Thai navy turns away Rohingya
Migrants intercepted off mainland
Thousands of Rohingya -- members of a stateless Muslim minority group described by the UN as one of the most persecuted in the world -- have fled Myanmar in recent months, mostly believed to be heading for Malaysia.
A Thai navy official in Bangkok said more than 200 Rohingya were found on Tuesday about 40 kilometers off the Thai mainland.
"We took them food and water before pushing them towards a third country," said the official, who did not want to be named.
Local media said the boat people were found near Raja Noi island in the Andaman Sea off Phuket province -- a magnet for foreign tourists.
National Security Council secretary-general Paradorn Pattanathabutr said on Monday that Thailand would turn away any more Rohingya boat people who tried to land on its shores.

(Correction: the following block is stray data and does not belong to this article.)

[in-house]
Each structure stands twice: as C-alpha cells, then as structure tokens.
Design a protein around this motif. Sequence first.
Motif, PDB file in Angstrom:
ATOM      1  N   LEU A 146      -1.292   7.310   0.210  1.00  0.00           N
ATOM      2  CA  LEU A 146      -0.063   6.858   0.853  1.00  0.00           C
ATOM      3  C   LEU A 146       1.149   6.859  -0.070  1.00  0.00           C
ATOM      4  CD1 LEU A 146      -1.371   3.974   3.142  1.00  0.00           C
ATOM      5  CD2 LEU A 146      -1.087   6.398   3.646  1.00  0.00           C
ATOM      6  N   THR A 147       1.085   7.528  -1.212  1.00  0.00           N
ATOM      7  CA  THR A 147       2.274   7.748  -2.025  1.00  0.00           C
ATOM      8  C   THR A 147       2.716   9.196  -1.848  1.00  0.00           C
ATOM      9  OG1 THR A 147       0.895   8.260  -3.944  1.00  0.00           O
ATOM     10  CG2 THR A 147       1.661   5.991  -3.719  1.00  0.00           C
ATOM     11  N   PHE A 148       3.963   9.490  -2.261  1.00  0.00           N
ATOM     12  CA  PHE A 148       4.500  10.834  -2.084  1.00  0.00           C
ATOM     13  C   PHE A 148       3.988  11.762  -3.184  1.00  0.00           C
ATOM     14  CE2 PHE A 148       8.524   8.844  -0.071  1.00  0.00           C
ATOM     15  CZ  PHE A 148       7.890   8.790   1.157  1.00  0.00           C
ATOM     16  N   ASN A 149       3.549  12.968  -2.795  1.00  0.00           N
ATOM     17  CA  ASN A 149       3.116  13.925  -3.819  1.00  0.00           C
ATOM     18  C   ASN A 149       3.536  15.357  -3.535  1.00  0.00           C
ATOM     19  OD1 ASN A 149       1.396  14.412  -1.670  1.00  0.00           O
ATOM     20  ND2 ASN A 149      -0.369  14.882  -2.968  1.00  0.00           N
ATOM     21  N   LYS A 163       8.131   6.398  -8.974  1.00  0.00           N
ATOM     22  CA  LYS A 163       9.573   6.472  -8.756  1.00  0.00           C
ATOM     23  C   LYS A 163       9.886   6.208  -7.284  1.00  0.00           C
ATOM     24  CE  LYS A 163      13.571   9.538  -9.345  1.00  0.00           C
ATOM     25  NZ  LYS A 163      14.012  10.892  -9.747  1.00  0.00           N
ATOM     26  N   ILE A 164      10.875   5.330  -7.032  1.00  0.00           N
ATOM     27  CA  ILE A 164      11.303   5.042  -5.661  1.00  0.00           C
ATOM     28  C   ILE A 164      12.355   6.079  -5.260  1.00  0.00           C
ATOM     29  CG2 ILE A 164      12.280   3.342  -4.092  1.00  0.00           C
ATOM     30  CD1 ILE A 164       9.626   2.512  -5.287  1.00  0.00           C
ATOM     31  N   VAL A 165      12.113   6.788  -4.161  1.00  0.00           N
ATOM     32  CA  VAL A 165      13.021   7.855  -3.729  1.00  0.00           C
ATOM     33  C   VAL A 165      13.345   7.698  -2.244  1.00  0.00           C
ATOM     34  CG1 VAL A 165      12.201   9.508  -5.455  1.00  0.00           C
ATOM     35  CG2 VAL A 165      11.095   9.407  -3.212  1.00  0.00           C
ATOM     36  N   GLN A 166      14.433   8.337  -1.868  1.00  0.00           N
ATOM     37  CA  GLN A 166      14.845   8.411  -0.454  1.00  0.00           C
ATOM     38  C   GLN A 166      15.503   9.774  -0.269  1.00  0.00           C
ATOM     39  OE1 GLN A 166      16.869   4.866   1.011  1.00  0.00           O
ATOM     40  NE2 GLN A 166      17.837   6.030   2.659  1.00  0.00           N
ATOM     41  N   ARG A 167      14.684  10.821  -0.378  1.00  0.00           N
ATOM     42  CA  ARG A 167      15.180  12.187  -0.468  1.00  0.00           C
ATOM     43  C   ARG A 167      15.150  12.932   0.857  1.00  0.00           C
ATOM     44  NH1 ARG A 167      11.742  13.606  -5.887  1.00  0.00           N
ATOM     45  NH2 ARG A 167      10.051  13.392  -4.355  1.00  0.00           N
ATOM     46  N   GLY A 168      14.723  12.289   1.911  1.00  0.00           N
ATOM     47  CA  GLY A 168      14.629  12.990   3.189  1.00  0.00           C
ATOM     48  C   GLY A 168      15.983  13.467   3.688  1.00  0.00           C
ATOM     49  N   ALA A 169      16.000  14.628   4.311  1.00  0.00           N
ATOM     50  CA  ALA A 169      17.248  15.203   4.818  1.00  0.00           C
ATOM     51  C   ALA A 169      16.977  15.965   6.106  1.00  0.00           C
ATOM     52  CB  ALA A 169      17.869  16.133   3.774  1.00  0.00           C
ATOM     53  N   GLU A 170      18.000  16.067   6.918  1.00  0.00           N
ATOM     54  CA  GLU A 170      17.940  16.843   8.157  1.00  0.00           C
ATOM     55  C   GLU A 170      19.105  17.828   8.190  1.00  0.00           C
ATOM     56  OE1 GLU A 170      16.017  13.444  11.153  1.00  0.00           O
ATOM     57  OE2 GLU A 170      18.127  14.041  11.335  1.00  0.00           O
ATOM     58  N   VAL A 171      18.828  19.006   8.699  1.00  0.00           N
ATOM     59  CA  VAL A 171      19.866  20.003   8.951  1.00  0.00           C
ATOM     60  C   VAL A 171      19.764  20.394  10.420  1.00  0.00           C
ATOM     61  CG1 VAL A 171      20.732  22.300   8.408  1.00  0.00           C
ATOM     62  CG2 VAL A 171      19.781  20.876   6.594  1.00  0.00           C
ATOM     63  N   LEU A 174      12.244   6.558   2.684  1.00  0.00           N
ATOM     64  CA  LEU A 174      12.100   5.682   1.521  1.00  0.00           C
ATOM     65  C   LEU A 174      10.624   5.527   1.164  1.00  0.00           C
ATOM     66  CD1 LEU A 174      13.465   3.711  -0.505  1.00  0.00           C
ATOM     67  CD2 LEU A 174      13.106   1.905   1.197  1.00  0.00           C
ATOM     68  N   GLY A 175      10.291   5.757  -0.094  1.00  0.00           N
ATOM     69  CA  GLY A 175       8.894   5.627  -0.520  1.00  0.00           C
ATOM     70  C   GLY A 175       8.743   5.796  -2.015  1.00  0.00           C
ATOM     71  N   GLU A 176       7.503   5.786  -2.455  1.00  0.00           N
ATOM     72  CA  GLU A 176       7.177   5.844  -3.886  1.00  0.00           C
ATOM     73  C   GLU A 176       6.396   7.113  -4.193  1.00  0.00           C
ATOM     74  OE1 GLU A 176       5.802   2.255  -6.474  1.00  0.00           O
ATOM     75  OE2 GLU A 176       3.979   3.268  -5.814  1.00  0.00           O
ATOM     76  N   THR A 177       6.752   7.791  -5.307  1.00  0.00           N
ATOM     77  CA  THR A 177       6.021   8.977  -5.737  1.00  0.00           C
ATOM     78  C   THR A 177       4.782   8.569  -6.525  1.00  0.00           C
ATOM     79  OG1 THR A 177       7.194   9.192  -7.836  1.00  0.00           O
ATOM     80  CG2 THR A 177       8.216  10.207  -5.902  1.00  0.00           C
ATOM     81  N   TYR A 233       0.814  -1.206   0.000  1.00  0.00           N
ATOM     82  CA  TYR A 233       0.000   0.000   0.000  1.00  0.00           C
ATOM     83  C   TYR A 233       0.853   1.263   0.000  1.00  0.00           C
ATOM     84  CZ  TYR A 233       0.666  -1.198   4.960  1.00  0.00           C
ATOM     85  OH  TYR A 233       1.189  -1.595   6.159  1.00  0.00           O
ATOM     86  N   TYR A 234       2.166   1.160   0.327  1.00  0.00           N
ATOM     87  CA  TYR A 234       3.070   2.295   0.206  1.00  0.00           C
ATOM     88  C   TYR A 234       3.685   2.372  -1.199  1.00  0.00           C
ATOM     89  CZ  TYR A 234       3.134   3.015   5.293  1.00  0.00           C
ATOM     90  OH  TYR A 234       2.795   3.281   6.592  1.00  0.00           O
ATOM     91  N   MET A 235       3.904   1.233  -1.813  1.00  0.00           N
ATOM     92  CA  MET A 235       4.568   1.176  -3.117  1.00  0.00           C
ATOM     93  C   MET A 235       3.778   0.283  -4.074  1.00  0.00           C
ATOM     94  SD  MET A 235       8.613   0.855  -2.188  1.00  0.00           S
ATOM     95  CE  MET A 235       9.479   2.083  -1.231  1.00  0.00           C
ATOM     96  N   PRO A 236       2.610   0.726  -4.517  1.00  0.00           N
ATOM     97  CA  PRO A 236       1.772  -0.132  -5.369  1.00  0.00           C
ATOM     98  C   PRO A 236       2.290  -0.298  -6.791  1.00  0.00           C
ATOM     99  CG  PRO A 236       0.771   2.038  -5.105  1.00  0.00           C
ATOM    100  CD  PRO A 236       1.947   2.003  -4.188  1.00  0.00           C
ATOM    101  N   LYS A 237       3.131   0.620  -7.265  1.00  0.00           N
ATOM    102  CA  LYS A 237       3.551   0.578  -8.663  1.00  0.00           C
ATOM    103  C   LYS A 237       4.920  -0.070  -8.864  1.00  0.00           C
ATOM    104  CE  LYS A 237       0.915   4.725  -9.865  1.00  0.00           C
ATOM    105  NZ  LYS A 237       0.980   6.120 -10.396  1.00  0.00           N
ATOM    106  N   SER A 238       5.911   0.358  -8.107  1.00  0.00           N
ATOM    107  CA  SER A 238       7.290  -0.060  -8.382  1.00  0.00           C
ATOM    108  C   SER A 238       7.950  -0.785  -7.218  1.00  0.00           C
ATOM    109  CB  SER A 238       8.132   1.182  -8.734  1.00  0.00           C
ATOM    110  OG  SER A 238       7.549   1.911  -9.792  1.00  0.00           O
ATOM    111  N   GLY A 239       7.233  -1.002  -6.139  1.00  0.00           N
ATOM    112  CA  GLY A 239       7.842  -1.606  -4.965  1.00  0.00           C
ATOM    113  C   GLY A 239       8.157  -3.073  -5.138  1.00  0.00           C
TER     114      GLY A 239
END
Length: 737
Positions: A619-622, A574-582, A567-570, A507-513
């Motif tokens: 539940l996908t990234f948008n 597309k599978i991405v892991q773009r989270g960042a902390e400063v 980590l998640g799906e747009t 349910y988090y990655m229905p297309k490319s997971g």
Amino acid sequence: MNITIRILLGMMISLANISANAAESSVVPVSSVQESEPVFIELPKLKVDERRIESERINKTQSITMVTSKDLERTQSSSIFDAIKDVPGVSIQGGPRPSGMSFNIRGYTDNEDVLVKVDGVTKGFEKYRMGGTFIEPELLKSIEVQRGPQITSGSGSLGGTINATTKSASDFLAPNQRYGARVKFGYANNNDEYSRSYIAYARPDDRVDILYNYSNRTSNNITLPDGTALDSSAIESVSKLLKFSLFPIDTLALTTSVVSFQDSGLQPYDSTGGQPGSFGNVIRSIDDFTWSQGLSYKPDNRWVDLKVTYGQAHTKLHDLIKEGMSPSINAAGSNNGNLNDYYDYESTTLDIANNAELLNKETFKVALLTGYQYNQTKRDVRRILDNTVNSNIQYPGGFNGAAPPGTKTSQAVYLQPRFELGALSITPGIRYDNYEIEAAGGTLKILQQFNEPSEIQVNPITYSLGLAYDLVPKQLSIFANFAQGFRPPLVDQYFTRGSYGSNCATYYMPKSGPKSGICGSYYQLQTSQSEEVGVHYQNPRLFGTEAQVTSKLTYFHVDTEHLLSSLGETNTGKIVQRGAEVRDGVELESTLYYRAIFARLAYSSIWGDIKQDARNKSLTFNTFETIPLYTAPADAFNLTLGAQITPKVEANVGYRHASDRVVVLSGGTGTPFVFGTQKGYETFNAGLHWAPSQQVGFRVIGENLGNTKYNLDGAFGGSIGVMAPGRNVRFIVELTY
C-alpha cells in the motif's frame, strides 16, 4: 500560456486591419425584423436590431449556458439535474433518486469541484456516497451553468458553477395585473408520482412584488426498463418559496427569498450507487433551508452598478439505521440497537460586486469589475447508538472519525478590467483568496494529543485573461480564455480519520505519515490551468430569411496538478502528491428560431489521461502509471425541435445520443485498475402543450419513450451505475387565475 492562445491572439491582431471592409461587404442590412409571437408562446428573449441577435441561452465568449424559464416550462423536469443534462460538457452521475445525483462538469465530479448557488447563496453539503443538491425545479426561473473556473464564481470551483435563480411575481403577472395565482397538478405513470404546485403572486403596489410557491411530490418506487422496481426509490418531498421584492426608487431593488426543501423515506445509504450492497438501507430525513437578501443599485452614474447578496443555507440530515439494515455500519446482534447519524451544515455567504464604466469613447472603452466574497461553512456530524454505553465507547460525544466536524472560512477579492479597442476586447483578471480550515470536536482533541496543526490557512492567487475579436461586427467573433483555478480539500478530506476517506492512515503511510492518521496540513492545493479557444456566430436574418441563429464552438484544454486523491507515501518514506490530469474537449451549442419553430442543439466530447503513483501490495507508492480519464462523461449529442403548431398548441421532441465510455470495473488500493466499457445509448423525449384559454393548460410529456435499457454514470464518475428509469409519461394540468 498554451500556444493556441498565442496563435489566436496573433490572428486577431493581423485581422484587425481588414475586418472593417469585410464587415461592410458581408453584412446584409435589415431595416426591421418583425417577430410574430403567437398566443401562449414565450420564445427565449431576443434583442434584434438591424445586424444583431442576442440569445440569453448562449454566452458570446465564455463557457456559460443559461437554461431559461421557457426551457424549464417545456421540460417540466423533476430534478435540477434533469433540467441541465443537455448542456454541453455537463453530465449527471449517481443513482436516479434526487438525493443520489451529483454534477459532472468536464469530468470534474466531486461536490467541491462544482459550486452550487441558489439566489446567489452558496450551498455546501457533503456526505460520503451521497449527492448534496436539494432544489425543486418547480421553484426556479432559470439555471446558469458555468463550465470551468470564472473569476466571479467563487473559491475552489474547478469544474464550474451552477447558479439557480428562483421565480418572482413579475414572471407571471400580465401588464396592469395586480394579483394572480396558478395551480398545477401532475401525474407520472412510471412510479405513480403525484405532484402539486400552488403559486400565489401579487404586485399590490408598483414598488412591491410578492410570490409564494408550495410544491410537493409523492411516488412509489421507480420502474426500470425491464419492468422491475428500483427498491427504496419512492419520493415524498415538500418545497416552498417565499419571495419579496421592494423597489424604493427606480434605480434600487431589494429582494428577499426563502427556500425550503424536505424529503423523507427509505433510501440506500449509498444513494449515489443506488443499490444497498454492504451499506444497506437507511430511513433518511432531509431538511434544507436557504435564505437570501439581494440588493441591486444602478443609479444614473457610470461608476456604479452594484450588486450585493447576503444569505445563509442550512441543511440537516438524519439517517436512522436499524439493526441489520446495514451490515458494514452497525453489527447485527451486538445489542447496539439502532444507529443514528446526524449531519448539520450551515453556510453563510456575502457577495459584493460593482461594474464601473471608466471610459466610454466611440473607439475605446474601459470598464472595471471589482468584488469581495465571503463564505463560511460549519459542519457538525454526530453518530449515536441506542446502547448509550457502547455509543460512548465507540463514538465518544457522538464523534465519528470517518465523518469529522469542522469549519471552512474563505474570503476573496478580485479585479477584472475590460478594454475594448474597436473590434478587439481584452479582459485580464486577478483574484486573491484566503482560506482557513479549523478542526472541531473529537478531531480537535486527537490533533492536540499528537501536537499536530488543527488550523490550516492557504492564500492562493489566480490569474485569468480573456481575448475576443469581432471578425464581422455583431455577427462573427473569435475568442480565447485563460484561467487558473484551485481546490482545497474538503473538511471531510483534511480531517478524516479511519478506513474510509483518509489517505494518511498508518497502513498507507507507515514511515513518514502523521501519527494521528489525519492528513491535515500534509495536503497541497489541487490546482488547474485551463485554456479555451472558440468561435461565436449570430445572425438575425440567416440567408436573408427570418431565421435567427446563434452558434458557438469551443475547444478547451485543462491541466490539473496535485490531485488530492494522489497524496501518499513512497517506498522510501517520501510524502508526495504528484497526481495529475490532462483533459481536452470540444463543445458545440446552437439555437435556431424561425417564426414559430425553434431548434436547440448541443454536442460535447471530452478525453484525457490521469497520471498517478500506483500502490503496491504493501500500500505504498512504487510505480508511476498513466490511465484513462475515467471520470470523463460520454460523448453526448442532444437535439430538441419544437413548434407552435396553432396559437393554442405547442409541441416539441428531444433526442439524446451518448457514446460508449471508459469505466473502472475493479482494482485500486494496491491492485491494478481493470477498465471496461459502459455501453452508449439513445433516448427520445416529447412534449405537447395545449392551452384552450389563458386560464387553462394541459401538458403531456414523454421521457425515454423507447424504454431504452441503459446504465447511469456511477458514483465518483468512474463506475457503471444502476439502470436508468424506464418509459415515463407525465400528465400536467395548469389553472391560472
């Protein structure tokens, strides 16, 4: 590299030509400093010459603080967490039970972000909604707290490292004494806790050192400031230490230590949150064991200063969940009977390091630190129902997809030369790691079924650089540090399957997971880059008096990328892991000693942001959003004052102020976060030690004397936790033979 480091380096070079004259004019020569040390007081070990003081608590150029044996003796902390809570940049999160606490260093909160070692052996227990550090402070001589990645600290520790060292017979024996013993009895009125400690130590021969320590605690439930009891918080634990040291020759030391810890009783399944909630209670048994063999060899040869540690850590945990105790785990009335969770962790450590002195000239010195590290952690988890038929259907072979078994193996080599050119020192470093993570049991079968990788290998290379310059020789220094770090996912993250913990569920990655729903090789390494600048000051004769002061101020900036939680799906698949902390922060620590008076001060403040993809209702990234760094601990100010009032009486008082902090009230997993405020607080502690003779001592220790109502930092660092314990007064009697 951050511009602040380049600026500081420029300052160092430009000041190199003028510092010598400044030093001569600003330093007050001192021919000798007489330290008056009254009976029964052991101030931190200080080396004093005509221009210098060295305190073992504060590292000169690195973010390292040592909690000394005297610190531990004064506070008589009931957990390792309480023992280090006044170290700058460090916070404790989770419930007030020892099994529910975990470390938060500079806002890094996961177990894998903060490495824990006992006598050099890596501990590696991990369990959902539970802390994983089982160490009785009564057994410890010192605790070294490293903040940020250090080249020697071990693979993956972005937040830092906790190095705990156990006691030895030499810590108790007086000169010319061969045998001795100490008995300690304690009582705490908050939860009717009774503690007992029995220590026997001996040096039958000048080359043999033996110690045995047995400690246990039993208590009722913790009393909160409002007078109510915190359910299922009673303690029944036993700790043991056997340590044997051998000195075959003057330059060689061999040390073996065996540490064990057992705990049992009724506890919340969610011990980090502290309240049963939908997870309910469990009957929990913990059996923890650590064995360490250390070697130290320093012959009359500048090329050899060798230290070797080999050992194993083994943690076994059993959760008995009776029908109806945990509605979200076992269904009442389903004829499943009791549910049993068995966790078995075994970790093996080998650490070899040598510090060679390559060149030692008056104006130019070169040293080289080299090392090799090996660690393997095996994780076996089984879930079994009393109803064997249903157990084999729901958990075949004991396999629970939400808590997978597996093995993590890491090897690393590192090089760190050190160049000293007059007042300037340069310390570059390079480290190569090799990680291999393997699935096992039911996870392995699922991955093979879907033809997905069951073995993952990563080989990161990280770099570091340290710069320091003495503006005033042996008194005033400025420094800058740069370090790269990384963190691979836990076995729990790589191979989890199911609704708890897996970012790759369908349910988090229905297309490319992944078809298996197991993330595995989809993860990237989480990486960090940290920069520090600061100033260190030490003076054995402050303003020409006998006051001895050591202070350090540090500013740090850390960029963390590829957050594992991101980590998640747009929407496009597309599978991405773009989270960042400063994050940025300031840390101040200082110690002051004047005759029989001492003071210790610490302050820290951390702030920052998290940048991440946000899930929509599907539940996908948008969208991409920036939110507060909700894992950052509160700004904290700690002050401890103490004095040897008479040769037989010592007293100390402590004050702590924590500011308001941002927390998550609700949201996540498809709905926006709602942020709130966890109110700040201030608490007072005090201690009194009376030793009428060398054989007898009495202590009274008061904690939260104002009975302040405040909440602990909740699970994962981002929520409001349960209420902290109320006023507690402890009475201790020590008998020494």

The tougher stance came after Thai authorities said they were investigating allegations that army officials were involved in the trafficking of Rohingya.
An explosion of tensions between Buddhist and Muslim communities in Myanmar's western state of Rakhine since June 2012 has triggered an exodus of Rohingya.
More than 1,300 members of the minority group have been detained by Thailand after landing on its shores in recent months.
Officials have said those already in Thailand will be allowed to stay for six months in detention while the government works with the UN refugee agency to find third countries willing to accept them.
Myanmar views its population of roughly 800,000 Rohingya as illegal Bangladeshi immigrants and denies them citizenship.
The UN estimates that about 13,000 boat people fled Myanmar and Bangladesh in 2012, with some dying during the perilous sea voyage. Thailand has been criticised in the past for pushing Rohingya back out to sea. AFP
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